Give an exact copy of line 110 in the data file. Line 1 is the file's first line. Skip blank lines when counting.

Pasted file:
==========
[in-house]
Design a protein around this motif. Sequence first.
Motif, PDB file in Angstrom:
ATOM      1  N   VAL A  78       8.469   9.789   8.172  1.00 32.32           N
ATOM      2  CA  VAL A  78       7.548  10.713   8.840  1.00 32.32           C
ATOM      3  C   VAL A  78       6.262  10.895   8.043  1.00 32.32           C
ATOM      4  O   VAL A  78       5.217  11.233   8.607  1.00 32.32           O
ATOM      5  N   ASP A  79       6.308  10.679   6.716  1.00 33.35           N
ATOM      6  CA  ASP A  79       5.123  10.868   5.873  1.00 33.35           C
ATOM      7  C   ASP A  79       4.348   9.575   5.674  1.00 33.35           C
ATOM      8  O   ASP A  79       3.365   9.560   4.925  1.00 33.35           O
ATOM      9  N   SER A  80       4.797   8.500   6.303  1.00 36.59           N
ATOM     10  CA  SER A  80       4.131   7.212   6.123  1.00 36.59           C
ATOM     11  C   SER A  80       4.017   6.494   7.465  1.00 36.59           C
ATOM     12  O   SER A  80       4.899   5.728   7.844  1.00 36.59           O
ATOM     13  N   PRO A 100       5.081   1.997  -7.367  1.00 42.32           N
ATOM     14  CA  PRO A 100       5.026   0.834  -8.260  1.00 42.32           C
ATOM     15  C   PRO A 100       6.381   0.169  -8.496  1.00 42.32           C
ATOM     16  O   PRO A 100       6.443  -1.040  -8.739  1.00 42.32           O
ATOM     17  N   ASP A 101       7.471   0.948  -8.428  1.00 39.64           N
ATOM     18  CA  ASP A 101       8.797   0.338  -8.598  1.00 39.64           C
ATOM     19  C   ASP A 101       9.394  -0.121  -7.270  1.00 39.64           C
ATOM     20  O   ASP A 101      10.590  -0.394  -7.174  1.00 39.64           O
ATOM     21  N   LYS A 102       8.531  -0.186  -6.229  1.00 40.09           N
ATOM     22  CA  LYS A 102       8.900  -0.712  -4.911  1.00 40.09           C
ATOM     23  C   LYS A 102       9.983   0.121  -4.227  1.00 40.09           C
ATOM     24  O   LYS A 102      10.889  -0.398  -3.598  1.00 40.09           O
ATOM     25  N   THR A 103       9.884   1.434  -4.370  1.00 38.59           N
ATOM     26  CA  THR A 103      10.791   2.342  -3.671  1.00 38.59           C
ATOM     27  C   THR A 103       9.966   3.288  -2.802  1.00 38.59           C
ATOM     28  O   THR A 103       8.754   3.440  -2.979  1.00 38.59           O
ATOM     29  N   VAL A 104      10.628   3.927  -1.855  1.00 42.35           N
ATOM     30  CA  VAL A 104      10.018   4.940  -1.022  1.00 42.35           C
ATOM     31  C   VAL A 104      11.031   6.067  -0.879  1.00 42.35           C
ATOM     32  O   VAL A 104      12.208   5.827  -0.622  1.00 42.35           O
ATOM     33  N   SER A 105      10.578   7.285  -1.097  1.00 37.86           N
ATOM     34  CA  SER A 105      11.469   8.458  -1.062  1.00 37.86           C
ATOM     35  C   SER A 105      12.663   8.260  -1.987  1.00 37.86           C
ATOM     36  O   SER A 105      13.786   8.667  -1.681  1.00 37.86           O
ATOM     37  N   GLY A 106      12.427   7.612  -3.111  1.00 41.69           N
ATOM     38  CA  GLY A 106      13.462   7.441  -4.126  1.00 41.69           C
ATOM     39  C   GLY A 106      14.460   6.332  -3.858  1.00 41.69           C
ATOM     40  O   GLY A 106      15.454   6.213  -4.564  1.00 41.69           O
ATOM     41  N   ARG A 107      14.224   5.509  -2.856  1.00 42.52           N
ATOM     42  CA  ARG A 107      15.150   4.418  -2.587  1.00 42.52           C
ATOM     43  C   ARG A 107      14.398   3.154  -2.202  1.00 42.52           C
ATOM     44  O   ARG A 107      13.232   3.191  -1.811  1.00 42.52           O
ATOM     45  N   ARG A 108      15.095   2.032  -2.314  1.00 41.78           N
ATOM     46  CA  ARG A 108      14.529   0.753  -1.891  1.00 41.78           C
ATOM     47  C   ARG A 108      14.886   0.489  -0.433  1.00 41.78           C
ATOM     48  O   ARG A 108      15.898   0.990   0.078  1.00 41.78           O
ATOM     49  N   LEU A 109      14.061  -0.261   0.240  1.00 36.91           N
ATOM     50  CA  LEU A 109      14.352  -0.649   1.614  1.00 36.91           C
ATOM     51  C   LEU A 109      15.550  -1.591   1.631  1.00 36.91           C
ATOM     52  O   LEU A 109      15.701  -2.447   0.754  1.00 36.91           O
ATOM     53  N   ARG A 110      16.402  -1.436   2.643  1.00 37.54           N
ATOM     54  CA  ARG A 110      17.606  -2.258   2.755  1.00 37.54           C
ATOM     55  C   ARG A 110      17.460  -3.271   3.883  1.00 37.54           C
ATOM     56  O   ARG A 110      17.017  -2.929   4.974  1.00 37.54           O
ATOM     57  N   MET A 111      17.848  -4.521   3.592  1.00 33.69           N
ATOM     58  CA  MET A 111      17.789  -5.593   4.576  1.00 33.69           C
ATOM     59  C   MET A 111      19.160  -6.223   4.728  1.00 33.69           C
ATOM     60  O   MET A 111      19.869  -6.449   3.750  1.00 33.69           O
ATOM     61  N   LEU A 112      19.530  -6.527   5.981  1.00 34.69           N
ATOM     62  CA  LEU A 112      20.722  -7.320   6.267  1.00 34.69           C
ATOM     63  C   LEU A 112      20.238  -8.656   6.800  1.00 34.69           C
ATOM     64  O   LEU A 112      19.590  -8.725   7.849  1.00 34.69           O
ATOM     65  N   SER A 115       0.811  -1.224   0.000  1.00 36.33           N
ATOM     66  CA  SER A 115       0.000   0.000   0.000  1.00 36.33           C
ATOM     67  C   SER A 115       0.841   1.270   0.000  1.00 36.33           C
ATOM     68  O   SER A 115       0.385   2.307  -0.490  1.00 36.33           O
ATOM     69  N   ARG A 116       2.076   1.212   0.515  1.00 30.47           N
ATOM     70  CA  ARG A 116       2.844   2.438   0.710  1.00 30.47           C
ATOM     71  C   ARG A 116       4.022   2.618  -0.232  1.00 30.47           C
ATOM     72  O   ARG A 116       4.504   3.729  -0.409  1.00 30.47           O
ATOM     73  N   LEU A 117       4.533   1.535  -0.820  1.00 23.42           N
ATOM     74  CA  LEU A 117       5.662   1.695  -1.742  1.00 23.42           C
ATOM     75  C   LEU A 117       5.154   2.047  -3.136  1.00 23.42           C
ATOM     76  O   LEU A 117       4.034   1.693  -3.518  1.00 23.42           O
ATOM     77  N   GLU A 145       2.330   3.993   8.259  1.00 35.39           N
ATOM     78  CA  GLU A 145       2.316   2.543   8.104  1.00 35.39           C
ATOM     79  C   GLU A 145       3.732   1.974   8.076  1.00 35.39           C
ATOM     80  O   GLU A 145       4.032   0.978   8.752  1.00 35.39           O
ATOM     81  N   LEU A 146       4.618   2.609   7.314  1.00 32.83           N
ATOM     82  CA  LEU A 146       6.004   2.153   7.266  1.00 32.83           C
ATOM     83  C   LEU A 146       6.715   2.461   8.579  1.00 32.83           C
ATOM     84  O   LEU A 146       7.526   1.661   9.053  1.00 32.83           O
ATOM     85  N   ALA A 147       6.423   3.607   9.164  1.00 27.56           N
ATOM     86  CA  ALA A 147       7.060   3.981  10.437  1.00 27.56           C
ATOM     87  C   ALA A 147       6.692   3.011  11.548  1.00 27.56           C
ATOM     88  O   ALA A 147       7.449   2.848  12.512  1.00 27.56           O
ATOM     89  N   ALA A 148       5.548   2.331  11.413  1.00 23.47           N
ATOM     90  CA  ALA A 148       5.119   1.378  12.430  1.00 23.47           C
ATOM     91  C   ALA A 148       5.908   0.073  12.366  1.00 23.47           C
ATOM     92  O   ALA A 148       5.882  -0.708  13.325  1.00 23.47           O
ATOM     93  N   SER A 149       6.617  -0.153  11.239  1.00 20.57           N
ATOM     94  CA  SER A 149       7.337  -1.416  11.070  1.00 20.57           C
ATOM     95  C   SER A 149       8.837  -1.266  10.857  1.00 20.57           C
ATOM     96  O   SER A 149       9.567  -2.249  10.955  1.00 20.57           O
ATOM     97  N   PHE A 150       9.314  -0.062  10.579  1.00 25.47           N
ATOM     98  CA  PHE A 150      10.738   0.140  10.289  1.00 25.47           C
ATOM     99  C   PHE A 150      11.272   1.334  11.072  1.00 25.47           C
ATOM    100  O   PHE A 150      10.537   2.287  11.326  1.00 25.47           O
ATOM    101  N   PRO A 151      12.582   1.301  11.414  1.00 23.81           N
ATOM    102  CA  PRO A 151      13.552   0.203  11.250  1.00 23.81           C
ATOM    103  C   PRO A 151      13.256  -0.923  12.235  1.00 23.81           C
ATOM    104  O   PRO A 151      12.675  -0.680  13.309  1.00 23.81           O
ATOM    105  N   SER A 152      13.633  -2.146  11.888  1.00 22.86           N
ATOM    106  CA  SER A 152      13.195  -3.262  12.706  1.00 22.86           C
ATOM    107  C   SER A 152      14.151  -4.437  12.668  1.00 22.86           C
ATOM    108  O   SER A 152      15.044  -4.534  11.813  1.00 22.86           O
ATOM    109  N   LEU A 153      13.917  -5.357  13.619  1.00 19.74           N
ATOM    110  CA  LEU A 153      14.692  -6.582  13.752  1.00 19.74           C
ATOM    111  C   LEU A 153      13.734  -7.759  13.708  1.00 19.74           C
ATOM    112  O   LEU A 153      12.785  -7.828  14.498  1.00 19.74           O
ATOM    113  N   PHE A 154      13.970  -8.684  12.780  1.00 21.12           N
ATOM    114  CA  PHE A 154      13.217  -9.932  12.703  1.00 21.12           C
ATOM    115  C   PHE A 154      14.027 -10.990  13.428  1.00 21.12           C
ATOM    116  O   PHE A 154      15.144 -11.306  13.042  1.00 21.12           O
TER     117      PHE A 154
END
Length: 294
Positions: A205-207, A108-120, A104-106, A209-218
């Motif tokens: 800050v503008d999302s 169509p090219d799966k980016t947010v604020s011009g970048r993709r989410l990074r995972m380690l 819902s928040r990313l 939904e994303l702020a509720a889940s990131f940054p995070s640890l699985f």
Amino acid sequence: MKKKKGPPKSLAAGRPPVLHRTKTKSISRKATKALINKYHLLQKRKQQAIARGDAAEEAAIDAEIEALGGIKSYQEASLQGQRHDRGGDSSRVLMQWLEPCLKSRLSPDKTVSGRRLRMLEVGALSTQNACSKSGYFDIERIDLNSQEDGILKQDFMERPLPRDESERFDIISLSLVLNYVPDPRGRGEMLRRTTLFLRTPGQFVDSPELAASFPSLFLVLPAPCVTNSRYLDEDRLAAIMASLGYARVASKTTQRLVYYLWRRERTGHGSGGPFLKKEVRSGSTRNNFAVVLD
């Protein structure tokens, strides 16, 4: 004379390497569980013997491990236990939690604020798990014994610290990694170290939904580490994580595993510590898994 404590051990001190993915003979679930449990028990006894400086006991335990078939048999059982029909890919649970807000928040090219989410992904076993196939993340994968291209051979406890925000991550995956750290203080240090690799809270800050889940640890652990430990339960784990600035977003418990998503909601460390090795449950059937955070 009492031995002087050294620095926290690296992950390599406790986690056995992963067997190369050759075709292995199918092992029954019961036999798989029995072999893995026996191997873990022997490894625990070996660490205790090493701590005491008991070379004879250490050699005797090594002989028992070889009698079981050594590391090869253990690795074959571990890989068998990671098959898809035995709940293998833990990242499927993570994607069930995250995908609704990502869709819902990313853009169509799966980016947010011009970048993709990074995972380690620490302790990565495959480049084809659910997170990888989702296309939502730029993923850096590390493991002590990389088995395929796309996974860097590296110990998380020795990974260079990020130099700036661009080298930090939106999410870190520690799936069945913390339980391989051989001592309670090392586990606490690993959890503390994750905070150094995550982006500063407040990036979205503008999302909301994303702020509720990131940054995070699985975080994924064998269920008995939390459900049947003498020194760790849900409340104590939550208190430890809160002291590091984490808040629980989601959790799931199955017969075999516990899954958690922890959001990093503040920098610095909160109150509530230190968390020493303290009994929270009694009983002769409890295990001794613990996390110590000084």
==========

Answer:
ATOM    107  C   SER A 152      14.151  -4.437  12.668  1.00 22.86           C